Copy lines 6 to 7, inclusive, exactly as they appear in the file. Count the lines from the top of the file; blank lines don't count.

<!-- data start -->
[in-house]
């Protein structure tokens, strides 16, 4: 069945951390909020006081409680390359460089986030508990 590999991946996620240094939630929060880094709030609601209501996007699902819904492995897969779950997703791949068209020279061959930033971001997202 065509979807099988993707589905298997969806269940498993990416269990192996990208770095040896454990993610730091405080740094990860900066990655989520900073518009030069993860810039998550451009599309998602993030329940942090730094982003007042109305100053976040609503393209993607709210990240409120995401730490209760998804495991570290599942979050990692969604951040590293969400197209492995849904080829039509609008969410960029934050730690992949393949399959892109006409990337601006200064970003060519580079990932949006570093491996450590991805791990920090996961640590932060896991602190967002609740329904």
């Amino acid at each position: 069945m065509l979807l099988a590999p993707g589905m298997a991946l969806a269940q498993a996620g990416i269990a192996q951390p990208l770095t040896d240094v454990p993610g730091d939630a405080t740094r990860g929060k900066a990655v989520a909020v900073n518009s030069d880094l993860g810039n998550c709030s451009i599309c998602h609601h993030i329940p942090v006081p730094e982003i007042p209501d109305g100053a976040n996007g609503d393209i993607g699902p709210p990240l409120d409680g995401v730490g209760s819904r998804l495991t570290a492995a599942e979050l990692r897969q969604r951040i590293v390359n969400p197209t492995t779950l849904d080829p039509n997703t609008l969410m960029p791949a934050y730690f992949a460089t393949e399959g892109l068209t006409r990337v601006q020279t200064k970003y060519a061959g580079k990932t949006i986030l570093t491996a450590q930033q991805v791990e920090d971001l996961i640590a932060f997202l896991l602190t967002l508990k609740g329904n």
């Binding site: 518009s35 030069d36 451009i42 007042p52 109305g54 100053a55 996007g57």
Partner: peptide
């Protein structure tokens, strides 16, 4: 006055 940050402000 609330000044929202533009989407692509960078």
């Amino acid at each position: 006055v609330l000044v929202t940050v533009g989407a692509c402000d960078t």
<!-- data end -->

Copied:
């Protein structure tokens, strides 16, 4: 006055 940050402000 609330000044929202533009989407692509960078």
């Amino acid at each position: 006055v609330l000044v929202t940050v533009g989407a692509c402000d960078t």